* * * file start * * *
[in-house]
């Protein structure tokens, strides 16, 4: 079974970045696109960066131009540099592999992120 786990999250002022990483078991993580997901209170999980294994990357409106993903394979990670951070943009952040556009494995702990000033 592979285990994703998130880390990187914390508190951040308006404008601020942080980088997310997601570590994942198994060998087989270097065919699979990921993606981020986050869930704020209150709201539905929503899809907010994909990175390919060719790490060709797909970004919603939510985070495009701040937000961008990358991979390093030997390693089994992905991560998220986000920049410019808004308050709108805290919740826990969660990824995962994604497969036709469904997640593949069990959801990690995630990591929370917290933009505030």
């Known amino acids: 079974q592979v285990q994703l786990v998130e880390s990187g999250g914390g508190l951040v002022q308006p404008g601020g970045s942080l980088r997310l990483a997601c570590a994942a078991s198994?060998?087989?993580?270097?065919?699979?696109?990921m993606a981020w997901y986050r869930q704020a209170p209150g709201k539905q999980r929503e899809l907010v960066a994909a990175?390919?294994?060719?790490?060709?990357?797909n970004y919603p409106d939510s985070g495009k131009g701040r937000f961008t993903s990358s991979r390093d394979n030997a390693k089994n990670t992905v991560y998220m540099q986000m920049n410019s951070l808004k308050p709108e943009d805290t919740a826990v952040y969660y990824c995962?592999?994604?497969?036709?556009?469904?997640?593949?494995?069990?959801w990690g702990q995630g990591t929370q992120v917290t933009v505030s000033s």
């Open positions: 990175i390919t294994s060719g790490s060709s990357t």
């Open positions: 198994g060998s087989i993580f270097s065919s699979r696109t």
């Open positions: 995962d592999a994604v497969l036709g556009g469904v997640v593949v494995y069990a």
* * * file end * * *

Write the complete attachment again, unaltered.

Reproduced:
[in-house]
């Protein structure tokens, strides 16, 4: 079974970045696109960066131009540099592999992120 786990999250002022990483078991993580997901209170999980294994990357409106993903394979990670951070943009952040556009494995702990000033 592979285990994703998130880390990187914390508190951040308006404008601020942080980088997310997601570590994942198994060998087989270097065919699979990921993606981020986050869930704020209150709201539905929503899809907010994909990175390919060719790490060709797909970004919603939510985070495009701040937000961008990358991979390093030997390693089994992905991560998220986000920049410019808004308050709108805290919740826990969660990824995962994604497969036709469904997640593949069990959801990690995630990591929370917290933009505030």
């Known amino acids: 079974q592979v285990q994703l786990v998130e880390s990187g999250g914390g508190l951040v002022q308006p404008g601020g970045s942080l980088r997310l990483a997601c570590a994942a078991s198994?060998?087989?993580?270097?065919?699979?696109?990921m993606a981020w997901y986050r869930q704020a209170p209150g709201k539905q999980r929503e899809l907010v960066a994909a990175?390919?294994?060719?790490?060709?990357?797909n970004y919603p409106d939510s985070g495009k131009g701040r937000f961008t993903s990358s991979r390093d394979n030997a390693k089994n990670t992905v991560y998220m540099q986000m920049n410019s951070l808004k308050p709108e943009d805290t919740a826990v952040y969660y990824c995962?592999?994604?497969?036709?556009?469904?997640?593949?494995?069990?959801w990690g702990q995630g990591t929370q992120v917290t933009v505030s000033s």
């Open positions: 990175i390919t294994s060719g790490s060709s990357t």
């Open positions: 198994g060998s087989i993580f270097s065919s699979r696109t």
């Open positions: 995962d592999a994604v497969l036709g556009g469904v997640v593949v494995y069990a």